Already we’re almost 2 weeks into 2020 and I’ve been very tardy about writing my first post of the year. I guess I am still in holiday mode as far as my blog is concerned….something I need to remedy rather smartly. First off though may I wish you all a happy, healthy and prosperous New Year – albeit a belated one.
When ever I commit myself to a rigid reading list for the year ahead, I always fail. So I decided to tackle my reading list month by month instead.
This month I’ll be dipping into Shaun Bythell’s second book about owning a bookshop – Confessions of a Bookseller. Just like his first book Diary of a Bookseller, it’s written in the form of a daily diary and includes some of the funny, or sometimes frustrating, events that occur each day while running his shop. The good thing about a book like this is that you can pick it up for a few minutes and read a day or two’s happenings and then get back to whatever task needs to be done. It’s an easy, humorous read and gives an insight into the life of a somewhat sarcastic book shop owner – the ups and the downs. I’m already a good way through the book…..maybe three quarters through. I’ve been dipping in and out of it for several weeks but don’t want it to end.
My second book is one I bought myself for Christmas with the money left over on my Wardini Book Shop voucher I got for my birthday. By Monisha Rajesh, Around the World in 80 Trains is a book I am looking forward to getting started on. As regular readers of my blog will already know, I love to travel and my favourite way to travel is by train. So this 45,000 mile adventure by rail should be a good fit. Michael Palin (one of my favourite travel writers) writes on the cover of the book – “Never too fast, never too slow, Monisha Rajesh’s journey does what trains do best. Getting to the heart of things. Prepare for a very fine ride.” I can hardly wait to get started.
The next book is one that my sister-in-law leant to my daughter-in law, who then decided that there was no room in her suitcase to take it back to the States with her. A quick look at the blurb on the cover had me interested immediately and I am now about a third of the way through Chris Hammer’s Scrublands. The blurb reads…“In an isolated country town brought to its knees by drought, a charismatic and dedicated young priest calmly opens fire on his congregation, killing five parishioners before being shot dead himself. A year later, troubled journalist Martin Scarsden arrives in Riversend to write a feature on the anniversary of the tragedy. But the stories he hears from the locals about the priest and incidents leading up to the shooting don’t fit with the accepted version of events his own newspaper reported in an award-winning investigation. Martin can’t ignore his doubts, nor the urgings of some locals to unearth the real reason behind the priest’s deadly rampage.” It’s a wonderful yarn set in a very parched Australia and so many twists and turns are happening already. It’s going to be a great read.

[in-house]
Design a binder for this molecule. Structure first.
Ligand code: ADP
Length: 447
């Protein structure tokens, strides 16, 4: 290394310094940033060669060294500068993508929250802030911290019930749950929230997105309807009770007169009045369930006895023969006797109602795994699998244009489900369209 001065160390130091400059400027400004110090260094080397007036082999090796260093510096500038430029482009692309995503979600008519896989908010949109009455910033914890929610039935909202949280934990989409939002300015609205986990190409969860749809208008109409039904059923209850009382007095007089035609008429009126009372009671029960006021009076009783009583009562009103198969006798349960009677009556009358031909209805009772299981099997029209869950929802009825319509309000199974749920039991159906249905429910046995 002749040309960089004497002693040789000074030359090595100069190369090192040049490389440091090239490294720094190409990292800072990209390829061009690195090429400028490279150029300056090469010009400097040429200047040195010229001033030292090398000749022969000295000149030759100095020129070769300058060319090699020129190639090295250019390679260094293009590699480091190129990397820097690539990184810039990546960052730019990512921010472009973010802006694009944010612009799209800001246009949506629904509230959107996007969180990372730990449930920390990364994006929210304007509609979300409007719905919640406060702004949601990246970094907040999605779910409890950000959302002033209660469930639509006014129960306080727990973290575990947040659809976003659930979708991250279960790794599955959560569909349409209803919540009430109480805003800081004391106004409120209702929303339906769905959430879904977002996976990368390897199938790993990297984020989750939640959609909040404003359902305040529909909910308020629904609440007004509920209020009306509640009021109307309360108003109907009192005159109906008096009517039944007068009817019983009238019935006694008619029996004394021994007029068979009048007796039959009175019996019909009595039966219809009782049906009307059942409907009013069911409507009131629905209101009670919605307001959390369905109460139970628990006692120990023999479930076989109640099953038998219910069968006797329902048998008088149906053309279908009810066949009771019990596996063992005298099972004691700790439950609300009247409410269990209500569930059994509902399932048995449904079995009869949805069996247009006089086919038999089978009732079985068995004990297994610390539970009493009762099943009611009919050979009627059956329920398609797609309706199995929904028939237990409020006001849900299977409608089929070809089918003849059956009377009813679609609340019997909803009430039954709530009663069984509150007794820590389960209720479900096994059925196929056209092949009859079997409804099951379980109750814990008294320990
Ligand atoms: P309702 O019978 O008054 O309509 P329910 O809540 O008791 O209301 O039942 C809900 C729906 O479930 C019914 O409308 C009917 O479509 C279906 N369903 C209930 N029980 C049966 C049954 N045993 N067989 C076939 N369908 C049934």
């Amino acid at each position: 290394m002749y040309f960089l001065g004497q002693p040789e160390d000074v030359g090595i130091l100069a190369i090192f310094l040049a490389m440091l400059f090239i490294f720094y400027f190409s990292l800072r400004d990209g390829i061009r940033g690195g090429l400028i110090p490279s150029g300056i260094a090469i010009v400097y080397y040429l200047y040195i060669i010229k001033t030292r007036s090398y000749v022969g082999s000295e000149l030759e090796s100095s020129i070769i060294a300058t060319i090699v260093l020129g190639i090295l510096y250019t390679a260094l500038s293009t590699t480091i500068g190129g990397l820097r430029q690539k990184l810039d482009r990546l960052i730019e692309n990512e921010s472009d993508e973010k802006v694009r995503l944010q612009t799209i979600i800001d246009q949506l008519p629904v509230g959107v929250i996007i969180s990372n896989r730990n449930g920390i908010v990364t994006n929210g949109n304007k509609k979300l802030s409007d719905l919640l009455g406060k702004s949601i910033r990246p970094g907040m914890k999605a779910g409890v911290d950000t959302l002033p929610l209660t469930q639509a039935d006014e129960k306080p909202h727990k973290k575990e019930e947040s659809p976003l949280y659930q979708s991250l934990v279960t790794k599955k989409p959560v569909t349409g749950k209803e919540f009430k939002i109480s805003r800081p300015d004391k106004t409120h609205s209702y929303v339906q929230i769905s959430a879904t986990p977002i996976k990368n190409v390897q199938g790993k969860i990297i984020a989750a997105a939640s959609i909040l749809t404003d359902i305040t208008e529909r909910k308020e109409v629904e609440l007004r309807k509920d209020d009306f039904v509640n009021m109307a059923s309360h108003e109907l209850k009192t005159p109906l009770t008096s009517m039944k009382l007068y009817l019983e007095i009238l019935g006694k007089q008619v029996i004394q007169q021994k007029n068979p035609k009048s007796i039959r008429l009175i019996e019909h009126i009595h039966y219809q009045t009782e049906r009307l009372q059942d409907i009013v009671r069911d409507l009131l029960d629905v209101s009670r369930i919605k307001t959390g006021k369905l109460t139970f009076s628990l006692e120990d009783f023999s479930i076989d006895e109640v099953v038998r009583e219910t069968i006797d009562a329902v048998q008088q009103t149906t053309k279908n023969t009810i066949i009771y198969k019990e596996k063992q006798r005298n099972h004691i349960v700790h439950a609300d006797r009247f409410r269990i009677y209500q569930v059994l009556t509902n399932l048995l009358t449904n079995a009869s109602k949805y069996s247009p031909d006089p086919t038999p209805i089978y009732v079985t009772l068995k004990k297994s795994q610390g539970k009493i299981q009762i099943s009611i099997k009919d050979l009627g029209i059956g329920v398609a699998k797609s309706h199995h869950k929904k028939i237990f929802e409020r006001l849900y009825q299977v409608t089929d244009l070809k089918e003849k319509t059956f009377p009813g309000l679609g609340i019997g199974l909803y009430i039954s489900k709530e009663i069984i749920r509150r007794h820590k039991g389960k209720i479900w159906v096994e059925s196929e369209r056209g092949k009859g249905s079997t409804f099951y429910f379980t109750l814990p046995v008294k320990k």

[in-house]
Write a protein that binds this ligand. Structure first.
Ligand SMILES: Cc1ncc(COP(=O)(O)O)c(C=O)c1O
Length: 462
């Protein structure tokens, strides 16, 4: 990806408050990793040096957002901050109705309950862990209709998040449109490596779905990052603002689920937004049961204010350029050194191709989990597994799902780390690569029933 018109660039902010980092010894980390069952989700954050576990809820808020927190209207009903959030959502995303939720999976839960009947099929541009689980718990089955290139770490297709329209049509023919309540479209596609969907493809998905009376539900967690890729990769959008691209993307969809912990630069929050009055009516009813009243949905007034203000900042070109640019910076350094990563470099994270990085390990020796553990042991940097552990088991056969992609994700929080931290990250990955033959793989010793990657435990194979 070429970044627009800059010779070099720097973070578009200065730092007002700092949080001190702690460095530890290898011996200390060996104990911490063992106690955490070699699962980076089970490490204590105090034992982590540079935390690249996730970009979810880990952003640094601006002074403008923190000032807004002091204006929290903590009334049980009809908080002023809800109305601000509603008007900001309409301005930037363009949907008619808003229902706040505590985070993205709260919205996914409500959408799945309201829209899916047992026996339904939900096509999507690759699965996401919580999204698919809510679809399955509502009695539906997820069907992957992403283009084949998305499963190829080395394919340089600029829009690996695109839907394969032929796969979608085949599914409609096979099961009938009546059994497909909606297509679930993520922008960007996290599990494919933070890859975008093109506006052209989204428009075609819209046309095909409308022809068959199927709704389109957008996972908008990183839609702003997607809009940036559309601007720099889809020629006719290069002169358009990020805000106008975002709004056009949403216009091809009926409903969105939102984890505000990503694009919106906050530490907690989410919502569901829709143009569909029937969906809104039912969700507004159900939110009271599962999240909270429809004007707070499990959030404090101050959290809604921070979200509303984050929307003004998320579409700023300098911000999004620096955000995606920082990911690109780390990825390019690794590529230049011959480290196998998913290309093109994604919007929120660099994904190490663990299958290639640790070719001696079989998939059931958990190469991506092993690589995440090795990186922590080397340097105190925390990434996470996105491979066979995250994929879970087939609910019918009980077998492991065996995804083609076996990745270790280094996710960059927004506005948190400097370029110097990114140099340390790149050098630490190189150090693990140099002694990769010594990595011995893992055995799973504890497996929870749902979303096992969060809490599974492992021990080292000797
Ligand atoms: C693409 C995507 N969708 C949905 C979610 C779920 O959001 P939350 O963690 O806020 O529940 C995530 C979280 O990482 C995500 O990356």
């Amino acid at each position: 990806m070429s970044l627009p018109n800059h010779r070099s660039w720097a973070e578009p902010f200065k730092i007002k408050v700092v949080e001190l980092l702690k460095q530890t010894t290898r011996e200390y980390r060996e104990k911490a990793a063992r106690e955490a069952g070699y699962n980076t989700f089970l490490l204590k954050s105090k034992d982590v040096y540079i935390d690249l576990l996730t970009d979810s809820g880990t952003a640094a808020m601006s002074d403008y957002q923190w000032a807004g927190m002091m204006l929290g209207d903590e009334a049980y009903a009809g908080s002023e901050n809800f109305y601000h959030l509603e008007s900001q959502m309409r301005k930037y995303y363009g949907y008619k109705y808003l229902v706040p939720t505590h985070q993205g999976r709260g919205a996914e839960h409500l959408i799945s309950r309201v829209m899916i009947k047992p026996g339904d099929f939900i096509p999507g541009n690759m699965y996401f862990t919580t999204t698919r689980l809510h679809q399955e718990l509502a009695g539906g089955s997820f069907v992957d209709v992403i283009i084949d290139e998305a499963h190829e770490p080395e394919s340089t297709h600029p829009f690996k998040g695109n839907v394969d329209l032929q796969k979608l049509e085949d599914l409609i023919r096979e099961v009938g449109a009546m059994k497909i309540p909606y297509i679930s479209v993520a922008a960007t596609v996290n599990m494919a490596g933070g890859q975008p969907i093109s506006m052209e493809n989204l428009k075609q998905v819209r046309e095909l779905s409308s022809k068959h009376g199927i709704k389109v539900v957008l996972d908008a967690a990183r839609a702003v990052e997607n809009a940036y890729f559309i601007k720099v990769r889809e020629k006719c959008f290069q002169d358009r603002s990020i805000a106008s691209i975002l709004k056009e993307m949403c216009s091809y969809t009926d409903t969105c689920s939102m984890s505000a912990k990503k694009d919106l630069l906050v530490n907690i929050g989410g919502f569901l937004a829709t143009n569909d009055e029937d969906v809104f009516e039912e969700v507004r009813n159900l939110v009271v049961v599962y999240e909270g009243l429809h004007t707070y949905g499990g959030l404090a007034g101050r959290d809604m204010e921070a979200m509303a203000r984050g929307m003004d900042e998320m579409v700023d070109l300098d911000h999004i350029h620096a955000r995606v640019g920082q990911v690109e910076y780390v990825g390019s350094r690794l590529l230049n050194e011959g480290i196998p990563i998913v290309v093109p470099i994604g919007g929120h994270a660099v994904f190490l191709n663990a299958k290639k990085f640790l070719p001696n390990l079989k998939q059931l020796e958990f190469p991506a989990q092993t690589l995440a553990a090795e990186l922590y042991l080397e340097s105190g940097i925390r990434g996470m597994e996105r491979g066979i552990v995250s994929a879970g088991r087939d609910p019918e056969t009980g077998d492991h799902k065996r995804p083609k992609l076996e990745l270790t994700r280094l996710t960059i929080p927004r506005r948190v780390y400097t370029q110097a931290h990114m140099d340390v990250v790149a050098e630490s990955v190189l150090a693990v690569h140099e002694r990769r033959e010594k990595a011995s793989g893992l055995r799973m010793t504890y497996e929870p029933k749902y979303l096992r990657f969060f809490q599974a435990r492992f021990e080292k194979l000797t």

Of course I am never content with having bookshelves full of book awaiting reading here at home, Oh no not I. We have several wonderful libraries where I live in Hawke’s Bay, New Zealand. In town (Hastings) is the main library and just up the road at Havelock North we have another, smaller but very well set up, library. A recent visit saw me pick up two books to bring home. The first on yet another of my passions, photography. By Boris Friedewald it is simply called Women Photographers – from Julia Margaret Cameron to Cindy Sherman – and explores the lives, careers and works of the finest women photographers in the world. Eve Arnold, the first woman photographer to be admitted into the prestigious Magnum Agency once said “I didn’t want to be a woman photographer. That would limit me. I wanted to be a photographer who was a woman, with all the world open to my camera.” And as Gisele Freund said “It is the eye that takes the picture, not the camera.” And every picture the eye sees is directly linked to the person who made it.
The second of my library books is the memoir of Foreign Correspondent Zoe Daniel – Storyteller tells the story of how Daniel found herself thrust into the dangerous world of reporting news from some of the most inhospitable places in the world. She is one of the few women to combine the most demanding job – motherhood, with one of the most dangerous jobs in the world. Storyteller is a timely reminder of the bravery and audacity of the men and women who bring us the news – the journalists, the local ‘fixers’, the cameramen (and women) – but above all it pays tribute to ordinary people who find them selves eyewitness to the extraordinary. I meant to read just the first page to give me an idea as to whether I’d enjoy reading this one or not. Suddenly I am 28 pages in and find my mouth is dry as I’ve been reading with my mouth open, completely agog!
So that’s my reading for January. I hope you’re reading something that has you spellbound. Back soon with another post. As always many thanks for reading and any comments, likes, follows and shares are greatly appreciated.